Some costumes involve REAL clothing (“Clothing makes the man”.) Clothing can include jewelry, watches, ties, hair coloring, makeup, plastic surgery – all these things can enhance a costume.

Why wear costumes at all? One of my friends says “What you see is what you get” and she is not far off. I don’t think there is a pretentious bone in her body. What are we afraid of? Are we letting our thoughts control our emotions so that we put on fake persona and become other people?
Will the REAL __________ please stand up!

‘Til next time,


Sharing questions

Dear Fellow Journalers,

Have you ever been in a group where each of the participants was given an assignment that had an assigned completion date and the results of their findings had to be made verbally at the meeting? Most of us have had that experience. Have you ever been late with the assignment or witnessed someone who was? Besides the feelings of embarrassment  there’s also the reaction of the moderator’s to consider, who probably is your boss.

Roberta Hestenes, who was a small group dynamics expert in California in the 1980’s had that experience with a man we’ll call “Fred”.” Fred” failed to complete his assigned task and Roberta was irritated but simply instructed “Fred” to bring the finished information to the next meeting. You would think that “Fred” being let off the hook would complete the assignment and have it ready for the next meeting. But no, he failed again. Roberta was beyond angry. “Fred’s” work was holding up every body’s else’s project. The next meeting she decided to try something new and that changed everything not only for “Fred” but for everyone in her organization.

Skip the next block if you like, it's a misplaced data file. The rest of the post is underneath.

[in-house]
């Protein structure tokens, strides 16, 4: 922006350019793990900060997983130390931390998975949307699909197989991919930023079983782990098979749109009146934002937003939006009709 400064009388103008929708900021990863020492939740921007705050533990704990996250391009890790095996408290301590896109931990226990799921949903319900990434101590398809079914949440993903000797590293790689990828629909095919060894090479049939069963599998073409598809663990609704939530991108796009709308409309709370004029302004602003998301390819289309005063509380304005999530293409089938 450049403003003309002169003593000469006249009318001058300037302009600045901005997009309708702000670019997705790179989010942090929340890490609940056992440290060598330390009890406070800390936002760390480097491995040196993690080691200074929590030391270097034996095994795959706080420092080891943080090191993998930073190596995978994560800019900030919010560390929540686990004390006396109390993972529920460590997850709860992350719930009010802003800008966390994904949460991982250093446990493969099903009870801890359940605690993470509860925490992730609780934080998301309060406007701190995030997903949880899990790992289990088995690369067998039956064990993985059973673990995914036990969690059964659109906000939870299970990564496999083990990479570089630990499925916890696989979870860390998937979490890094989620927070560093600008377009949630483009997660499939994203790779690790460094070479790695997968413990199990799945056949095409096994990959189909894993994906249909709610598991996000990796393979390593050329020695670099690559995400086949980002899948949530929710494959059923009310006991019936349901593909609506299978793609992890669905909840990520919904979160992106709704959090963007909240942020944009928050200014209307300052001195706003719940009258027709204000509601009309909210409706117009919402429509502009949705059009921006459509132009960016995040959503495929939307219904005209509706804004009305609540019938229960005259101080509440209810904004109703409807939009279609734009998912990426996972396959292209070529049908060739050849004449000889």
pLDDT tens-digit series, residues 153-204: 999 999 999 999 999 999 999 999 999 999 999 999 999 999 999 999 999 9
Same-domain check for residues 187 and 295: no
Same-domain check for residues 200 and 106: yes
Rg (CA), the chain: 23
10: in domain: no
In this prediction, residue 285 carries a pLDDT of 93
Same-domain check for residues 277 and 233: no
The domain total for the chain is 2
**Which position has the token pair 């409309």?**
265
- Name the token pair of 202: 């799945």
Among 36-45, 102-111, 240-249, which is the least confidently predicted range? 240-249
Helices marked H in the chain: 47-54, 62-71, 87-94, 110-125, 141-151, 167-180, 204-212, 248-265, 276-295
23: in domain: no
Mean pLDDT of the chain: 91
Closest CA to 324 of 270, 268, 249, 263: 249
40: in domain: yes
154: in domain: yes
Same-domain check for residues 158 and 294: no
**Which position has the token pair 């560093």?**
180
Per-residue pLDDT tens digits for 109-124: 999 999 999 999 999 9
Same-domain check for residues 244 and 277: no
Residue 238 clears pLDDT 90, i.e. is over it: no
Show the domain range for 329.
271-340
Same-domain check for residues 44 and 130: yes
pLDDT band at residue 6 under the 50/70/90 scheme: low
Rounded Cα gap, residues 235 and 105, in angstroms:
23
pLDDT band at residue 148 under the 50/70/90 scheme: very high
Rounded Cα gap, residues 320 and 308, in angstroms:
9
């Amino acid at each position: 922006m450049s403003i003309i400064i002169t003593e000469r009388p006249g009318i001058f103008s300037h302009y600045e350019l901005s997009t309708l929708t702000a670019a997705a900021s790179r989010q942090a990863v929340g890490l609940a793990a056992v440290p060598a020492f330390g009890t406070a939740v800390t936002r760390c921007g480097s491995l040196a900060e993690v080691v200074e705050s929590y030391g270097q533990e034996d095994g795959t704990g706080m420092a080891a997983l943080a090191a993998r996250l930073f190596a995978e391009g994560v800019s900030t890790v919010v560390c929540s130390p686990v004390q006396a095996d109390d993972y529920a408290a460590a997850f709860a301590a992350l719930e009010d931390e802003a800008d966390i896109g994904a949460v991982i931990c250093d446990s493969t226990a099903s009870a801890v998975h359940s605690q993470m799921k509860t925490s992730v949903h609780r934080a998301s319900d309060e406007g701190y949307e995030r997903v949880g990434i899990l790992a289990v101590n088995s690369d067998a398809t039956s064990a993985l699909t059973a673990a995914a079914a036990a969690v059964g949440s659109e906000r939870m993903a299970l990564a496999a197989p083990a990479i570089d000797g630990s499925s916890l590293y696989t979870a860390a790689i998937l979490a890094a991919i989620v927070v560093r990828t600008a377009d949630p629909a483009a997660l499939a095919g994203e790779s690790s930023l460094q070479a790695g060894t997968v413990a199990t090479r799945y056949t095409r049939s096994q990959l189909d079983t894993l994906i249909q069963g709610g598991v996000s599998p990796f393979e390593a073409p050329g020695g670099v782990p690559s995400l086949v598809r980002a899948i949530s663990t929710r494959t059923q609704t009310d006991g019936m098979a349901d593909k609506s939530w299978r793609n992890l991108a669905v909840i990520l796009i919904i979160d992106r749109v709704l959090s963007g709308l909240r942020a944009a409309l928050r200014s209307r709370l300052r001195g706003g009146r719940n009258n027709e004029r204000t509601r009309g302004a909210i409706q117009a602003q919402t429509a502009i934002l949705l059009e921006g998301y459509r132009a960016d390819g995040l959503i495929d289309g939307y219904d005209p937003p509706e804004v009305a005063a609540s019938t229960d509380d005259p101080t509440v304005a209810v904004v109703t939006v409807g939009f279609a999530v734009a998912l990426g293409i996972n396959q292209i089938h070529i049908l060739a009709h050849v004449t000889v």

Roberta gathered everyone in a circle and began with this sharing question: “If you wish to share, tell about a high point and a low point of the past week.” The participants went around the table until they came to “Fred.” “A high point?” he mumbled. “There really wasn’t one. It’s all pretty much a low point. My wife is terminally ill and we’ve brought her home to die. I’m trying to hold down this job while caring for our three young children. Things are pretty rough right now.”  Roberta and everyone was speechless. Roberta had no idea her employee had been having so much difficulty in his life because  she had never asked.

That day, Roberta made a commitment to herself. Whenever she led a group discussion she would first offer people the opportunity to share what was going on in their lives. It might be the only time all week that someone expressed interest and received compassion.

One of the participants in the above group went on to form her own company. Following her previous boss’s example, she used sharing questions in her meetings. Some of the questions were: “If your home was burning and you only had time to bring out three objects what would they be?”, “How did your parent’s decide your name?” and a really telling question was “What was your dream job when you were 21?”

Sharing questions develop empathy and community and I think they are worthwhile. What about you?